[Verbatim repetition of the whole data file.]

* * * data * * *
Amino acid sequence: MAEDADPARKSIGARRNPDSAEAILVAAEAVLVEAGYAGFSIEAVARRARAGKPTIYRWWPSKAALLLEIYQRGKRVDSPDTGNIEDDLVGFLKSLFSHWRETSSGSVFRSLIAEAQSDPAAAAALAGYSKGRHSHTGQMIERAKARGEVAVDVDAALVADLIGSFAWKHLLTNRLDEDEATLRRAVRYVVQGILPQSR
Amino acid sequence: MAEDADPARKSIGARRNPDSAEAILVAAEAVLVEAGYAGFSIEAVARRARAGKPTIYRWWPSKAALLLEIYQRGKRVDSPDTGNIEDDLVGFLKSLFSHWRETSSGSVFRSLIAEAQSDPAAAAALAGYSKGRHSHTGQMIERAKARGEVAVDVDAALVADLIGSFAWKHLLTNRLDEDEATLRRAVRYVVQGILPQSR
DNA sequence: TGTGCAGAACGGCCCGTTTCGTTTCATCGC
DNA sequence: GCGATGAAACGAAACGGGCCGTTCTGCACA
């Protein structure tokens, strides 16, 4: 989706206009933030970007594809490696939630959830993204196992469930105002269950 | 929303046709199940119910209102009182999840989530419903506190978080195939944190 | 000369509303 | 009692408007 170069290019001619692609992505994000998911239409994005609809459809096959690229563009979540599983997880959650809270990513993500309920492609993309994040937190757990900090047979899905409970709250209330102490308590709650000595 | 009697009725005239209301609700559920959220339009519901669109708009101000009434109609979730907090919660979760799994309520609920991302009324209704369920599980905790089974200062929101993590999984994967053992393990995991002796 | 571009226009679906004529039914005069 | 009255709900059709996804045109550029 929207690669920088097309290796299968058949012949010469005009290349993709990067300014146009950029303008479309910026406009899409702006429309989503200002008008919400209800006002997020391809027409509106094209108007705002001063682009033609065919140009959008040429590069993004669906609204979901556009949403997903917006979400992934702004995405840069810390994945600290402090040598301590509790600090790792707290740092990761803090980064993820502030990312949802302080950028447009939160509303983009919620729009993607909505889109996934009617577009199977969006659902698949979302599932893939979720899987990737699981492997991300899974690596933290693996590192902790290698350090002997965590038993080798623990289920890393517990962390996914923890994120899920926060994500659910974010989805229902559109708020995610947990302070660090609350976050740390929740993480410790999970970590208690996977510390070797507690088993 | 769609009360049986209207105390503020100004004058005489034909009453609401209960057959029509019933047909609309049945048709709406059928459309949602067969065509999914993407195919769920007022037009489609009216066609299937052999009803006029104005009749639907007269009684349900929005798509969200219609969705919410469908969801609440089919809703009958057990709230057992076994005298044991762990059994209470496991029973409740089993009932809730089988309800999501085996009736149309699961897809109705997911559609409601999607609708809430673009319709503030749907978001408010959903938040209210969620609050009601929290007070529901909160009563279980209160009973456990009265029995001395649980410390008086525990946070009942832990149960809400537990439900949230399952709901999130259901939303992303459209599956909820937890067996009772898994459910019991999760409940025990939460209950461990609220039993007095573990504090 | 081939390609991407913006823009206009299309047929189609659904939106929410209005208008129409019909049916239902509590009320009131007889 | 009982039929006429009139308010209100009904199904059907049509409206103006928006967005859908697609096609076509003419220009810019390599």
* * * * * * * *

Amino acid sequence: MAEDADPARKSIGARRNPDSAEAILVAAEAVLVEAGYAGFSIEAVARRARAGKPTIYRWWPSKAALLLEIYQRGKRVDSPDTGNIEDDLVGFLKSLFSHWRETSSGSVFRSLIAEAQSDPAAAAALAGYSKGRHSHTGQMIERAKARGEVAVDVDAALVADLIGSFAWKHLLTNRLDEDEATLRRAVRYVVQGILPQSR
Amino acid sequence: MAEDADPARKSIGARRNPDSAEAILVAAEAVLVEAGYAGFSIEAVARRARAGKPTIYRWWPSKAALLLEIYQRGKRVDSPDTGNIEDDLVGFLKSLFSHWRETSSGSVFRSLIAEAQSDPAAAAALAGYSKGRHSHTGQMIERAKARGEVAVDVDAALVADLIGSFAWKHLLTNRLDEDEATLRRAVRYVVQGILPQSR
DNA sequence: TGTGCAGAACGGCCCGTTTCGTTTCATCGC
DNA sequence: GCGATGAAACGAAACGGGCCGTTCTGCACA
């Protein structure tokens, strides 16, 4: 989706206009933030970007594809490696939630959830993204196992469930105002269950 | 929303046709199940119910209102009182999840989530419903506190978080195939944190 | 000369509303 | 009692408007 170069290019001619692609992505994000998911239409994005609809459809096959690229563009979540599983997880959650809270990513993500309920492609993309994040937190757990900090047979899905409970709250209330102490308590709650000595 | 009697009725005239209301609700559920959220339009519901669109708009101000009434109609979730907090919660979760799994309520609920991302009324209704369920599980905790089974200062929101993590999984994967053992393990995991002796 | 571009226009679906004529039914005069 | 009255709900059709996804045109550029 929207690669920088097309290796299968058949012949010469005009290349993709990067300014146009950029303008479309910026406009899409702006429309989503200002008008919400209800006002997020391809027409509106094209108007705002001063682009033609065919140009959008040429590069993004669906609204979901556009949403997903917006979400992934702004995405840069810390994945600290402090040598301590509790600090790792707290740092990761803090980064993820502030990312949802302080950028447009939160509303983009919620729009993607909505889109996934009617577009199977969006659902698949979302599932893939979720899987990737699981492997991300899974690596933290693996590192902790290698350090002997965590038993080798623990289920890393517990962390996914923890994120899920926060994500659910974010989805229902559109708020995610947990302070660090609350976050740390929740993480410790999970970590208690996977510390070797507690088993 | 769609009360049986209207105390503020100004004058005489034909009453609401209960057959029509019933047909609309049945048709709406059928459309949602067969065509999914993407195919769920007022037009489609009216066609299937052999009803006029104005009749639907007269009684349900929005798509969200219609969705919410469908969801609440089919809703009958057990709230057992076994005298044991762990059994209470496991029973409740089993009932809730089988309800999501085996009736149309699961897809109705997911559609409601999607609708809430673009319709503030749907978001408010959903938040209210969620609050009601929290007070529901909160009563279980209160009973456990009265029995001395649980410390008086525990946070009942832990149960809400537990439900949230399952709901999130259901939303992303459209599956909820937890067996009772898994459910019991999760409940025990939460209950461990609220039993007095573990504090 | 081939390609991407913006823009206009299309047929189609659904939106929410209005208008129409019909049916239902509590009320009131007889 | 009982039929006429009139308010209100009904199904059907049509409206103006928006967005859908697609096609076509003419220009810019390599």